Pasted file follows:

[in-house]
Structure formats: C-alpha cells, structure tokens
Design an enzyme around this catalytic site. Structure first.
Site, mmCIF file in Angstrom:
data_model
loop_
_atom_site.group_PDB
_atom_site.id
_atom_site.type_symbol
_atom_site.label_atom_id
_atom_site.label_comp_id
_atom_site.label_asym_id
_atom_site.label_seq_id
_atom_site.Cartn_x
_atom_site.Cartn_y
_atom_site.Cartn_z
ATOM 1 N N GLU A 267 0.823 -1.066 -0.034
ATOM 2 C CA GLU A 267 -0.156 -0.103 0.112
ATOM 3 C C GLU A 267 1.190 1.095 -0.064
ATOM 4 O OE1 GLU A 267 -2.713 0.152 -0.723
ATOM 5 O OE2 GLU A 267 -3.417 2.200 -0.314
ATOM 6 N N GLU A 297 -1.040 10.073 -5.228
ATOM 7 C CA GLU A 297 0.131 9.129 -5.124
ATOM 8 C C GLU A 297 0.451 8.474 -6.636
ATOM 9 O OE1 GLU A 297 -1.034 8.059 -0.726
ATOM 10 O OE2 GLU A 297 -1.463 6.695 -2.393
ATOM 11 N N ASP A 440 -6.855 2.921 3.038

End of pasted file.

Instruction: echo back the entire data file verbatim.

[in-house]
Structure formats: C-alpha cells, structure tokens
Design an enzyme around this catalytic site. Structure first.
Site, mmCIF file in Angstrom:
data_model
loop_
_atom_site.group_PDB
_atom_site.id
_atom_site.type_symbol
_atom_site.label_atom_id
_atom_site.label_comp_id
_atom_site.label_asym_id
_atom_site.label_seq_id
_atom_site.Cartn_x
_atom_site.Cartn_y
_atom_site.Cartn_z
ATOM 1 N N GLU A 267 0.823 -1.066 -0.034
ATOM 2 C CA GLU A 267 -0.156 -0.103 0.112
ATOM 3 C C GLU A 267 1.190 1.095 -0.064
ATOM 4 O OE1 GLU A 267 -2.713 0.152 -0.723
ATOM 5 O OE2 GLU A 267 -3.417 2.200 -0.314
ATOM 6 N N GLU A 297 -1.040 10.073 -5.228
ATOM 7 C CA GLU A 297 0.131 9.129 -5.124
ATOM 8 C C GLU A 297 0.451 8.474 -6.636
ATOM 9 O OE1 GLU A 297 -1.034 8.059 -0.726
ATOM 10 O OE2 GLU A 297 -1.463 6.695 -2.393
ATOM 11 N N ASP A 440 -6.855 2.921 3.038